Last Reviewed on June 19, 2019, by eNotes Editorial. Word Count: 385
There are themes, and then there are themes, in Italo Calvino's dense and fascinating book, Invisible Cities. It's possible to read this book on at least three levels. On one, there are themes like the nature of power; the cycle of life, death and rebirth; the illusion of happiness; and the power of language. On a second level, there's the theme of travel being the source of imagination and vice versa. On the third level is the theme of self-discovery.
Marco Polo tells tales of places he's been to the Great Khan, who at first takes them literally. Only later does he begin to suspect there's more to the stories, and the reader begins to do the same. The cities are dreams, or at least imagined landscapes, and recognizing this is the key to that third-level theme, self-discovery. If the tales are all imagined, they must tell us something about Marco Polo, which must tell us something about ourselves. Once we understand this, the purpose of the book becomes clear. It's a meditation on humanity. It's all there, parables about political power, warnings about the use and abuse of language, lessons about time and the raising up of awareness and social conscience.
The subordinate themes are building blocks. Marco Polo recites his poems in the same way students of religion or language chant, call, and repeat information to imprint it on their consciousness and to create a shared understanding of its meaning. The poems themselves are parables, like the fables used to teach children moral and historical lessons, or like the lessons one can learn from religious texts. They're all there because Polo, and through him Calvino, wants to teach us something. He wants to teach us the power of our spirits to shape the world, not in a religious sense, but in the sense that our will can create or destroy things if we want it to. We can make a better world, he's saying, if only we put our minds to it.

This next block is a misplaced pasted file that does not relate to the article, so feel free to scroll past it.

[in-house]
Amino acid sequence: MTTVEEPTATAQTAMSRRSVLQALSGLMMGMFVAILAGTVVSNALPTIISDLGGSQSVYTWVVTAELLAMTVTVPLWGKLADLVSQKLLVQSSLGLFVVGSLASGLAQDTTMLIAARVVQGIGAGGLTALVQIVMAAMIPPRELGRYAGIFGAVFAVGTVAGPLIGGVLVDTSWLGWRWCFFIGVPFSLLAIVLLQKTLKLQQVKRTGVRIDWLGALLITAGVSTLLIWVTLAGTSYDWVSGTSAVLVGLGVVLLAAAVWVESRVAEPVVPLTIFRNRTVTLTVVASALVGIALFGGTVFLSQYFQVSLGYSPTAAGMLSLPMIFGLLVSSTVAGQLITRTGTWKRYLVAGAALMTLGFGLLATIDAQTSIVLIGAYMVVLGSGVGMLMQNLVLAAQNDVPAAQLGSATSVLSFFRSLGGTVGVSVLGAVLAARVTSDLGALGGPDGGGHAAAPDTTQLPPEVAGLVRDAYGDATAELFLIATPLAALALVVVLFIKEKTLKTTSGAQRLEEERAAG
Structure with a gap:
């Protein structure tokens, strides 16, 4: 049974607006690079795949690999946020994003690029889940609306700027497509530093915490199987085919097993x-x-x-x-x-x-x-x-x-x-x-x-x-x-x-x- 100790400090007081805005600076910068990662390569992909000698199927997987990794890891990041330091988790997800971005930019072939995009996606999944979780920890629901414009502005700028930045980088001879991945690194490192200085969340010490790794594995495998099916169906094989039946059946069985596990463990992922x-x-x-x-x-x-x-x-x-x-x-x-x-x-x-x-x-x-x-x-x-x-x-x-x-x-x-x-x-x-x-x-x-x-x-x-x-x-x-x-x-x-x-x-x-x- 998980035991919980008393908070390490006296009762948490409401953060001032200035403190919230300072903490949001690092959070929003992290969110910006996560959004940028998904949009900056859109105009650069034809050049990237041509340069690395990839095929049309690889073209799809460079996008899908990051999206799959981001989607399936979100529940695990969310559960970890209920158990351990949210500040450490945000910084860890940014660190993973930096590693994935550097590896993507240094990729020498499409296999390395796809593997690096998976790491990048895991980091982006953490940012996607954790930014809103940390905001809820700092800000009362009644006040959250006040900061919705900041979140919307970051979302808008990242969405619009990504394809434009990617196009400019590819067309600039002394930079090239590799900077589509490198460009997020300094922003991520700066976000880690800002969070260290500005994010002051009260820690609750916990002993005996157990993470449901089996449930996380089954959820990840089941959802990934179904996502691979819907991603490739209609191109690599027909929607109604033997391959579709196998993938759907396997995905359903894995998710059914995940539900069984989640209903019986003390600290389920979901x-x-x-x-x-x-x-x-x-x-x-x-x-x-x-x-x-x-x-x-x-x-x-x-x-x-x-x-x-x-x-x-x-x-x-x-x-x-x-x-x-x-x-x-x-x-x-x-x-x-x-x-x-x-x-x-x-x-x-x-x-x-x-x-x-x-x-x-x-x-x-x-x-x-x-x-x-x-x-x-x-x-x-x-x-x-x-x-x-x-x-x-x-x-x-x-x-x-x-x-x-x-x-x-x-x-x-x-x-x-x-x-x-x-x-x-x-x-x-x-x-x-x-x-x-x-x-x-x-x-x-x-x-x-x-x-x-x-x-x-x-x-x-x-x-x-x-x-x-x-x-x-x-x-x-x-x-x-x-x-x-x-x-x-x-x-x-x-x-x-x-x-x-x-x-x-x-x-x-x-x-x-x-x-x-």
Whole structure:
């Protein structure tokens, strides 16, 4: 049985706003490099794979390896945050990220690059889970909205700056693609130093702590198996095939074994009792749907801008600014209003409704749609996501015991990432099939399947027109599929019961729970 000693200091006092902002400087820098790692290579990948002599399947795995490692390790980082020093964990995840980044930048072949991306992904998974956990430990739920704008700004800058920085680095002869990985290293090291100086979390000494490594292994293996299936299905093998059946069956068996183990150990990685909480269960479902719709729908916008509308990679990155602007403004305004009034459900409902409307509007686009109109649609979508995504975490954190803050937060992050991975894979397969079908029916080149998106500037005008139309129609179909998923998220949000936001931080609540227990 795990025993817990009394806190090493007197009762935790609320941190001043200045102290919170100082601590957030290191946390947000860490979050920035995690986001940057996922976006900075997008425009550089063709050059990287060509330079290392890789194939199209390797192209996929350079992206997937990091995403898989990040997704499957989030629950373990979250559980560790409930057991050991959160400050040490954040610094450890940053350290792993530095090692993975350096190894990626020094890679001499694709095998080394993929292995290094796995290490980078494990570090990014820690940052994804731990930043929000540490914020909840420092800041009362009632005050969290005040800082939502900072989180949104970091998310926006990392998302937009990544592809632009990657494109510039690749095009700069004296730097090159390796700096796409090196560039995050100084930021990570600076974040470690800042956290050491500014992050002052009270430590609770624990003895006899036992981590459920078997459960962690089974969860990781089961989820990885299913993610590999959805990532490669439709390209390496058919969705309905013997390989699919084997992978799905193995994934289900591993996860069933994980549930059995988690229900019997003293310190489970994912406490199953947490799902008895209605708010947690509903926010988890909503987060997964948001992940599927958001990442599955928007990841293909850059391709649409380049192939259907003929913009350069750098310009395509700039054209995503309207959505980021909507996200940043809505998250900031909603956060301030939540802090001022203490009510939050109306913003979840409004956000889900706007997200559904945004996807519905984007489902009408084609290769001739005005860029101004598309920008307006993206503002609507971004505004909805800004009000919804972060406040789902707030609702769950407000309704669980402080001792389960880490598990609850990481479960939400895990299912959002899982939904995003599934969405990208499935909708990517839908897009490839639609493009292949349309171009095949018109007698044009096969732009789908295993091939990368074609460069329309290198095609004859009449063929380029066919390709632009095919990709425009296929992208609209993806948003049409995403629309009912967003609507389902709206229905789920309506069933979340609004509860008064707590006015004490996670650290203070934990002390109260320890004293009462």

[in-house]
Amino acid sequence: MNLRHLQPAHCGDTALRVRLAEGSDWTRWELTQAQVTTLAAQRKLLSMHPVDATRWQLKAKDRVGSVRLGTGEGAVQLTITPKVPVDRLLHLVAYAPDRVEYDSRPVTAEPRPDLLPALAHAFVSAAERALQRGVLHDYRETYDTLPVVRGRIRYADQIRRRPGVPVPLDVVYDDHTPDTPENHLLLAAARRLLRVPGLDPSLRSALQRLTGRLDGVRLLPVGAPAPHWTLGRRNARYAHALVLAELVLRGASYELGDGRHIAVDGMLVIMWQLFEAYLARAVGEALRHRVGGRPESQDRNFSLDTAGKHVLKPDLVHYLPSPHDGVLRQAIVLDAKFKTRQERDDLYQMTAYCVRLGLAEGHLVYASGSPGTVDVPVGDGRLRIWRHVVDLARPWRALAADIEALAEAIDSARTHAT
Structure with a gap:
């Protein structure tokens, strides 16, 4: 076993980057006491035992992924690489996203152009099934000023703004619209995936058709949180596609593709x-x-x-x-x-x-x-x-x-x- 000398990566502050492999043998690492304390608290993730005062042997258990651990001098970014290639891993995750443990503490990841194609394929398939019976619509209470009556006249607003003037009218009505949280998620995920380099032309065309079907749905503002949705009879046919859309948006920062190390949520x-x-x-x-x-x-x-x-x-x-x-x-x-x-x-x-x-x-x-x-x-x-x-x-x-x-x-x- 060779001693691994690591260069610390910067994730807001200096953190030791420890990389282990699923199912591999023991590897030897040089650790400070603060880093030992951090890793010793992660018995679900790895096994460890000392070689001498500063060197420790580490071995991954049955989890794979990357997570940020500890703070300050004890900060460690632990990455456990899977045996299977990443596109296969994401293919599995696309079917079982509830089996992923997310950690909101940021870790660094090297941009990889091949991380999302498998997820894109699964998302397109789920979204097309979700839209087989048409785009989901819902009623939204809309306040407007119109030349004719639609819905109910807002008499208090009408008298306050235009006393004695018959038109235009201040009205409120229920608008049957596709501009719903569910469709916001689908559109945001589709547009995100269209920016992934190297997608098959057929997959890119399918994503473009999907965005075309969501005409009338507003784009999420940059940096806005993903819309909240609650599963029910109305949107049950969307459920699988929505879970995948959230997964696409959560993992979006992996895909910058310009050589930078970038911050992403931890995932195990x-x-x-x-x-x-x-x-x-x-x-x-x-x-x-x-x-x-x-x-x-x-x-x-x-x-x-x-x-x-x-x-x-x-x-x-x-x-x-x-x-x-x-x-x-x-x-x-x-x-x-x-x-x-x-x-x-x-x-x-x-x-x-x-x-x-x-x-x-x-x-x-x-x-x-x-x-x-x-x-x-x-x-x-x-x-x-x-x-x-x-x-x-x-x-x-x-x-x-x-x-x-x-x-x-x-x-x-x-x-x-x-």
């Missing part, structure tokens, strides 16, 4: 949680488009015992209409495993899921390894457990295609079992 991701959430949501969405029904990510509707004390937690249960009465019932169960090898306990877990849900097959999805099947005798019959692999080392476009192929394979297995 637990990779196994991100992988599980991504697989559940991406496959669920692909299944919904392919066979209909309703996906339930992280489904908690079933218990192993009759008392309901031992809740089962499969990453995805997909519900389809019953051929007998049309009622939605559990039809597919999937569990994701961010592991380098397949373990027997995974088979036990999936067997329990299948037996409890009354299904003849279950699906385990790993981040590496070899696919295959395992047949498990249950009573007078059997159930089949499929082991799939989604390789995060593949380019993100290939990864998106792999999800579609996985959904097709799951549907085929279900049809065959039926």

None of this emerges on the first reading of the book. You have to read it at least twice, read some criticism of it, and have a good long think about it in your own head, before a lot of this becomes clear. It's definitely a book to make you think.
Last Updated on May 5, 2015, by eNotes Editorial. Word Count: 614
Calvino’s vivid and haunting descriptions make up a large part of the charm of Invisible Cities, and Calvino’s travelogue of wonders, his evocations of cities suspended on ropes over chasms, or constructed entirely of pipes and inhabited by water sprites, are part of the narrative tradition of the fantastic that may be traced back to The Arabian Nights’ Entertainments.
This travelogue is only part of the interlocking nature of the book, however, for layered above and below it are philosophical and artistic considerations. Do the cities described by Marco Polo exist, even in the fictional empire of the great Kublai Khan? Does that empire itself have any substance beyond the evanescent words used by the traveler to beguile the weary emperor? What is the nature of reality, and how can one recognize it? These questions, perhaps playfully put, are nevertheless important, and form the substantial core of Calvino’s seemingly light entertainment. Despite the bright, sometimes bizarre settings, then, Invisible Cities has a serious side, one which reflects Italo Calvino’s preoccupation with the interaction of reality and art.
“Perhaps, Kublai thought, the empire is nothing but a zodiac of the mind’s phantasms.” Those phantasms are created by human beings, and the zodiac is fashioned by the artist. The seemingly paradoxical interaction of fantasy with reality is Calvino’s main concern in this book. Cities, as much as the books describing them, are artificial creations, and descriptions of imaginary cities are a further remove from...
(The entire section contains 999 words.)
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